But one credit-card account doesn't give me the
records in an order I can understand. Usually, I want to know the date range
of last week's download, so I type something like
$ grep "^D" visa.QIF | sort
and based on the output, I'll search for transactions dated the following day or later. This way, I won't confuse myself by seeing the same transactions I saw last week (this is where déjà vu is for real).
Tonight I was confused the other way: I ended up with a .QIF file that was missing some transactions. As usual, the transactions were listed in some apparently-random order, and I didn't trust the bank to display transactions on-screen in the same order. Fortunately, the website can be told to display the transactions in some nice order (by transaction date, for example, or post date—ascending or descending). I like this concept, but it's too bad I haven't figured out how to download those transactions in a nice order. It may not be possible.
I wanted to have the on-screen stuff and my QIF file in the same order so I could see what was missing more easily, and feel confident that I had caught everything. How to sort the "QIF" file? For those who don't know, (but why are you reading this?), a QIF file looks like this:
!Type:Bank D07/16/2012 T-31.30 C* N PWITHDRAWAL SMITH'S DEPT STORE -PAYMENT ^ D07/12/2012 T-3,300.00 C* N PWITHDRAWAL MASTER CARD -ONLINE PMT ^ …etc.A few things to note:
- Entries consist of 6 lines, at least they do here; the 6th line begins with ^ and indicates the end of the entry
- Dollar amounts are preceded by "T" and use commas to separate thousands
- Dates are preceded by "D" and are in the American format, sort of: mm/dd/yyyy
#!/usr/bin/python3 -utt # vim:et:sw=4 '''Program to sort records from a quicken 'qif' file. Parameters: filename''' import os import sys from time import localtime, mktime, strftime, strptime def main(args): '''Read quicken records from a qif file, creating a dict for each one. At end of file, sort them by US-style date and print them.''' if len(args) != 1: print('Expected exactly one parameter, viz., filename; got', args, file=sys.stderr) sys.exit(1) if not os.path.exists(args): print("Can't find inputfile %s" % args, file=sys.stderr) sys.exit(1) xactions = list() curr = dict() for aline in open(args, 'r'): aline = aline.strip() if not aline: continue akey = aline aval = aline[1:] # end of record? if akey == '^': if curr: xactions.append(curr) curr = dict() elif akey == 'T': curr[akey] = float(aval.replace(',', '')) # 1,234 => 1234 elif akey == 'D': curr[akey] = mktime(strptime(aval, '%m/%d/%Y')) else: curr[akey] = aval xactions.sort(key=lambda X: X['D']) for one in xactions: print('%s $%8.2f %4s %s' % (strftime('%Y-%m-%d', localtime(one['D'])), one.get('T', 99999.99), one.get('N', '#?')[:4], one.get('P', '<payee unspecified>')))Oh, the date_cmp() function is struck out, because it's not needed in this program. Why did I write it then? Because I was thinking of the way sorting works in python2.x, where you pass a comparison function into sort() if you want to use a non-default one, This post from last year shows how that one works. We don't need it here, though, and actually can't use it, because the sort of Python3 uses a "key" function, rather than a "cmp" function.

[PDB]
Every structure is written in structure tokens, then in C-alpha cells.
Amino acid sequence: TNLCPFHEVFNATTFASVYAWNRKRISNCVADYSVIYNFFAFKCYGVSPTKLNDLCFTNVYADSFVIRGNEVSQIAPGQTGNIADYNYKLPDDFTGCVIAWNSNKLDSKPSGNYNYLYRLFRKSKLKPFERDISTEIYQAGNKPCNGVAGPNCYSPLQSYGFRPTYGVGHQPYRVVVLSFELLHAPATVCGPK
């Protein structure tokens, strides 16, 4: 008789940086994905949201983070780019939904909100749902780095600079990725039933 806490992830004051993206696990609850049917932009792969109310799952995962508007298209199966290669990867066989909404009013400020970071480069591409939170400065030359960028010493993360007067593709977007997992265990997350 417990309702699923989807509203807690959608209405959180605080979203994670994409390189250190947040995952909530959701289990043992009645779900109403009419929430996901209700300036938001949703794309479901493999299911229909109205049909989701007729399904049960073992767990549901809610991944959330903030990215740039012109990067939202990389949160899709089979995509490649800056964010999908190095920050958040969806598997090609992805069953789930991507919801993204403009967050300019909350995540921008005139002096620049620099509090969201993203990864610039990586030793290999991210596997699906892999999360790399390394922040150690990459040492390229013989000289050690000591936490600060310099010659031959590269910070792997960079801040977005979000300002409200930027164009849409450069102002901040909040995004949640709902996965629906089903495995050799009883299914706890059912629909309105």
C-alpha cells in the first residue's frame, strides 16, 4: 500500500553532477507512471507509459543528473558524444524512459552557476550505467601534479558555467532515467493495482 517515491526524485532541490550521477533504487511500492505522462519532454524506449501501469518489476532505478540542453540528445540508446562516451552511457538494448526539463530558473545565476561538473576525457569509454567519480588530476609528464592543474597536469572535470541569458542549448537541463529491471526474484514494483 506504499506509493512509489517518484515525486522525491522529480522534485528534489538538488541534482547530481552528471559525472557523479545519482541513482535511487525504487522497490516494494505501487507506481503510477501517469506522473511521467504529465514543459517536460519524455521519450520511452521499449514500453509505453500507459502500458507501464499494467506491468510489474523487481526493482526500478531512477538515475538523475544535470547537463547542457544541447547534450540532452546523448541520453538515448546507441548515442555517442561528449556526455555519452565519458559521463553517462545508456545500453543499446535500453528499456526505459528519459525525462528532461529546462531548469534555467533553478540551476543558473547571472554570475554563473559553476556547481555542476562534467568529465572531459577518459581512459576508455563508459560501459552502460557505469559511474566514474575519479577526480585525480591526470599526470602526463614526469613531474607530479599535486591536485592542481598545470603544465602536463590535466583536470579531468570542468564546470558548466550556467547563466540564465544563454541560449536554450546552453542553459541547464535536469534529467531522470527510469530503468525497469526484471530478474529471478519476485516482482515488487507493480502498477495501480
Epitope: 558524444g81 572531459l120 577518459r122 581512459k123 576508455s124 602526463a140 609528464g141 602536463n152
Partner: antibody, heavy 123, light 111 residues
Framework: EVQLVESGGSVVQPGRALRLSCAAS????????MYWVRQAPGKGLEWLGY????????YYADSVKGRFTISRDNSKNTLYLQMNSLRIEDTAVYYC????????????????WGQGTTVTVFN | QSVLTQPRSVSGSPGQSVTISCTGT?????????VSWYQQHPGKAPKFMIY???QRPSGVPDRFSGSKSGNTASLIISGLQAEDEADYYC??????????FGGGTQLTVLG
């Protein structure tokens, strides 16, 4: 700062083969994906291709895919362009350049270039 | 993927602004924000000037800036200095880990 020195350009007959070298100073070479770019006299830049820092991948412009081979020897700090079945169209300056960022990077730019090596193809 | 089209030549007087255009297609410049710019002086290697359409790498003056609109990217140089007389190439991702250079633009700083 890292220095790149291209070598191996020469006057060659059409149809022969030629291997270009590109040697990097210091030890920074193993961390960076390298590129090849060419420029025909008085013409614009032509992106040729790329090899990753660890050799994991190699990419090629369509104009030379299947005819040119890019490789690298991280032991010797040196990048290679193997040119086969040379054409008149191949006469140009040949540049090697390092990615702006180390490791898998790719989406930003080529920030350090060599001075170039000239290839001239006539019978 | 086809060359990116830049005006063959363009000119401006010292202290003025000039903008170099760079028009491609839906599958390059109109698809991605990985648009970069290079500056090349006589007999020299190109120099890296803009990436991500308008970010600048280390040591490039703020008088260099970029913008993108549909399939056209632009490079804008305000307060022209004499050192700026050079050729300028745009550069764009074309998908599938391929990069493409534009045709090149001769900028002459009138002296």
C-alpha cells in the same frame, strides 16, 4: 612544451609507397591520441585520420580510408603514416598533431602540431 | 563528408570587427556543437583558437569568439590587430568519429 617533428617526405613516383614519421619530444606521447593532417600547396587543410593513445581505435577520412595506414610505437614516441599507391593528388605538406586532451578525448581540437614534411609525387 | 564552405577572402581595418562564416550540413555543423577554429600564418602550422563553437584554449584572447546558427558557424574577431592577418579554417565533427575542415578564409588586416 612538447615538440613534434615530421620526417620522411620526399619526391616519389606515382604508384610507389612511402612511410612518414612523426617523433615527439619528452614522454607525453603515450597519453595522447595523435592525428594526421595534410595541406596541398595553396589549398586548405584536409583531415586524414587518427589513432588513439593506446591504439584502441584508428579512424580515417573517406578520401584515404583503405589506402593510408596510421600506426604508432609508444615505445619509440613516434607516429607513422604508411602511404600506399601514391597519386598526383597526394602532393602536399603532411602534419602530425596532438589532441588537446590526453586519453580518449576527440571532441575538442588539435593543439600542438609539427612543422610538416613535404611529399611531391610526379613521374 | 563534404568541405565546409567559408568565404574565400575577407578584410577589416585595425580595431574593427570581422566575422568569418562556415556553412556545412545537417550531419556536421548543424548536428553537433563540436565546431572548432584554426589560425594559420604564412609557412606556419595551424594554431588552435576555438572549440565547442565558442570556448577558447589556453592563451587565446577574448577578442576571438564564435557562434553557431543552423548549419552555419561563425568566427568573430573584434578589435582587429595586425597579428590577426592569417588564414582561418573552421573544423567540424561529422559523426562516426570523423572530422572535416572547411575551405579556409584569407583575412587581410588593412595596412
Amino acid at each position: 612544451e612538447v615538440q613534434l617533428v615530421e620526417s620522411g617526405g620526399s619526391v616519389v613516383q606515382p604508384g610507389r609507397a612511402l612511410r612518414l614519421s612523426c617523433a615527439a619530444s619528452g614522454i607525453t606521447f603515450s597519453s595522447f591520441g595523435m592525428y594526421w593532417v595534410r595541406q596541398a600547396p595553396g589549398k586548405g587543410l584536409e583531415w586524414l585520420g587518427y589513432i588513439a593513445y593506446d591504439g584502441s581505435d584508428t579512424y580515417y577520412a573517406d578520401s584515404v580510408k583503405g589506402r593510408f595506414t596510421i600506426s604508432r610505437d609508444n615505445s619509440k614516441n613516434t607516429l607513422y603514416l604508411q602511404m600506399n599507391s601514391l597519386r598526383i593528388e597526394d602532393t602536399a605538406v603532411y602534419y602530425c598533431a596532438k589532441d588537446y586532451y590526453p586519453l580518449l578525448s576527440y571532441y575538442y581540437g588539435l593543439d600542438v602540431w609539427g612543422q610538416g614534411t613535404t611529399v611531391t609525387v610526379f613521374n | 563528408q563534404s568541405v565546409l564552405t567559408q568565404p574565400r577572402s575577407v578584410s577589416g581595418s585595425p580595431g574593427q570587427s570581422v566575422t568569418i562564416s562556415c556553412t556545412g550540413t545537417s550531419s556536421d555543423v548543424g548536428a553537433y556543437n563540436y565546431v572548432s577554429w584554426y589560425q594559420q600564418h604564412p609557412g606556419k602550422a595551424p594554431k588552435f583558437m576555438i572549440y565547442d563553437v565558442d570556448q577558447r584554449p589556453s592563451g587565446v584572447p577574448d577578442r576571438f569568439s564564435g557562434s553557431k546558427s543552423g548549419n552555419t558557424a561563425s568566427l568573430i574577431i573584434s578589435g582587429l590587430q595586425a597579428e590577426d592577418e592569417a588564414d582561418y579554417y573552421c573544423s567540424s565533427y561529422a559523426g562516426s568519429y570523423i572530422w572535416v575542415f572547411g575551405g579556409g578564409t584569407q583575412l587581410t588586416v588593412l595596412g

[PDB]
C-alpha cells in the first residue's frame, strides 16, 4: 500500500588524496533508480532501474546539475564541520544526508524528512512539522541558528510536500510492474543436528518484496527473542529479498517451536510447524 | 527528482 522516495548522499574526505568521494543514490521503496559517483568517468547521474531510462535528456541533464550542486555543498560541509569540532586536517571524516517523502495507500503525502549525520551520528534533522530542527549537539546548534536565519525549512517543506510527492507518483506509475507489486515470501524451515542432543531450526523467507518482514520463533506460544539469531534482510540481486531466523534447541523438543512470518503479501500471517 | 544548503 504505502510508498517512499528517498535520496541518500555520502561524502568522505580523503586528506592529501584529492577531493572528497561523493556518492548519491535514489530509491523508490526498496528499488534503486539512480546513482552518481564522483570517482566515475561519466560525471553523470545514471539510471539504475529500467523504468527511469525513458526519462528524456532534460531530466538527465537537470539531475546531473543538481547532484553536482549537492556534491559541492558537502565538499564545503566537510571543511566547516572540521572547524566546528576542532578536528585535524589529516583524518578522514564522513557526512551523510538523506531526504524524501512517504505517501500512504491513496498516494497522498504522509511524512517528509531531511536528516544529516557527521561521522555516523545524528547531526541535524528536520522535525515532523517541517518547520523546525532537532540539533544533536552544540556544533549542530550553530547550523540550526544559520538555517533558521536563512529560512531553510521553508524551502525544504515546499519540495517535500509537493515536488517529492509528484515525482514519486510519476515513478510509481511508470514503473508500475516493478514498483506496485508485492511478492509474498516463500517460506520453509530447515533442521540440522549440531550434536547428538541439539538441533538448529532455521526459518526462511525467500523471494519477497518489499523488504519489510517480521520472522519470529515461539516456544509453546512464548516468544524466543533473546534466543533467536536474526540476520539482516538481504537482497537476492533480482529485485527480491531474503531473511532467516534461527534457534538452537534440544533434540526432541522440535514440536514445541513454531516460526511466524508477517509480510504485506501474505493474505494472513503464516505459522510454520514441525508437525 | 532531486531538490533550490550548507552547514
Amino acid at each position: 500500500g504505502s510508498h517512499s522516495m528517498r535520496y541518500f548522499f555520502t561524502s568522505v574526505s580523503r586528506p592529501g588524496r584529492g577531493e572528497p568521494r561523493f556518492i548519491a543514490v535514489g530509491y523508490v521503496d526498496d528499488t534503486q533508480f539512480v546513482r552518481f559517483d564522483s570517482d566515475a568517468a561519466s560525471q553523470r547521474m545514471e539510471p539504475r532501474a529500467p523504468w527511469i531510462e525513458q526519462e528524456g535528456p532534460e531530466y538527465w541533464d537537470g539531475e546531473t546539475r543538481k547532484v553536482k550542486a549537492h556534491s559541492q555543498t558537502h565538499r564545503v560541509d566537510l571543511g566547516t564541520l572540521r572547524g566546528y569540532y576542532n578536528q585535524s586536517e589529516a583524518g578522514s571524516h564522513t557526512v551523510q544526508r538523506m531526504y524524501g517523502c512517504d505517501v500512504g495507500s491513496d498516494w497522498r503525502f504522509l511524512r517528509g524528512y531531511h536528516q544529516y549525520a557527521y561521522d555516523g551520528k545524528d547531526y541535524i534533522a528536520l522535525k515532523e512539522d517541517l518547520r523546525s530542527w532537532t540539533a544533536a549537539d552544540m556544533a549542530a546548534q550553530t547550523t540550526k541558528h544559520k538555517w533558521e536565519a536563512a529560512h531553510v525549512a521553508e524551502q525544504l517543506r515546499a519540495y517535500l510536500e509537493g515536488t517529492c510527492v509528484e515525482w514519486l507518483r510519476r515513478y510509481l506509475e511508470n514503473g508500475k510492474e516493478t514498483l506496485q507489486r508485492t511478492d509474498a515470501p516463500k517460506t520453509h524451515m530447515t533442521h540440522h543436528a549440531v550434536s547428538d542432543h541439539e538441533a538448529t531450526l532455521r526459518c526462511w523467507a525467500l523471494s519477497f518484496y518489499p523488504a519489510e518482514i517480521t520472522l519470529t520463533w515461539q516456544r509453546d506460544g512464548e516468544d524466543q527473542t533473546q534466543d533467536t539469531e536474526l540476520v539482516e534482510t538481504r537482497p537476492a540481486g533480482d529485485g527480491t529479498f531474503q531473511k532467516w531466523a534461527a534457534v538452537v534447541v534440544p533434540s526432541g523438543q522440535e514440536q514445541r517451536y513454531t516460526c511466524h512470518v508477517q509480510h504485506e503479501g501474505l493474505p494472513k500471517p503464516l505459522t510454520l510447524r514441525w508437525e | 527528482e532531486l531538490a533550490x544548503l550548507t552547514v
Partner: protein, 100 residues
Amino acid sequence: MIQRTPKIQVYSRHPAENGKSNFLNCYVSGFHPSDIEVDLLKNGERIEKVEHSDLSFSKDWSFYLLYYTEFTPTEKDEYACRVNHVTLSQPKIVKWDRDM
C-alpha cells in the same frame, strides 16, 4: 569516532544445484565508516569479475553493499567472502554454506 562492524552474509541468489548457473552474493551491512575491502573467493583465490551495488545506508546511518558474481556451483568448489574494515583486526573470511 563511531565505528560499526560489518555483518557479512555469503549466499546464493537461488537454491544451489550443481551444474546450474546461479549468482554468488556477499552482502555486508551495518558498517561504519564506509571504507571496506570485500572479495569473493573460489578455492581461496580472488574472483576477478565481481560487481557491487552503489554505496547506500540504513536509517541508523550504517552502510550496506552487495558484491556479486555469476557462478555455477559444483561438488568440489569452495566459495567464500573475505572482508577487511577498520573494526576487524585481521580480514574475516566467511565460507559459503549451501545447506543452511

def date_cmp(a, b): '''Compare dates of two qif-based entries.''' return cmp(a['D'], b['D'])if __name__ == '__main__': main(sys.argv[1:])
With that out of the way, here's how it works, basically: we read the input file ("Activity.QIF" or "Quicken.qif" or whatever) one line at a time. when we see a '^' then we're done with one entry and stash it in a list.
Each entry, by the way, is a python "dict" (like a hash for you Perl
guys) -- the key is the first character in each line, and the value is
everything after that. For some reason, I wanted to convert the dollar
amounts into floating-point numbers (what was I thinking?) and in order
to do that, I needed to kill off any ','; that's why the
For the dates, I wanted to be able to sort them easily, and I thought the easy way to do that was to convert them into scalar values corresponding to "number of seconds since the epoch", so that's what the mktime/strptime stuff is about. By the way, I usually like to code like "import os" and then later "os.path.exists(...)." This avoids embarrassing name collisions, and besides makes it clear where each thing came from. But with all those "time" routines, is there any doubt where they came from? I mean, localtime, mktime, str*time.
When we get to the end of the file, we've got all the records, so we sort them. A sanity-check (to make sure we don't have data left over in curr) might be nice, but that's "an exercise for the reader."
As I mentioned above, the sorting uses "key" rather than "cmp", and the "key" function just takes the value in each entry corresponding to the 'D' element—a less-than-one-liner, so I used a lambda to say, "hey, map X to X['D']"; it's not worth a whole "def funcName(foo):"
We then take the sorted list and print one element at a time: date, dollar amount, "check number" (that's what the "N" is), and payee. (Is it something else for deposits? I dunno.)
If it weren't past my bedtime, I'd explain further. But it is, so I won't. Except to point out that in python3, "print" is a function, not a statement. I may add more explanation later.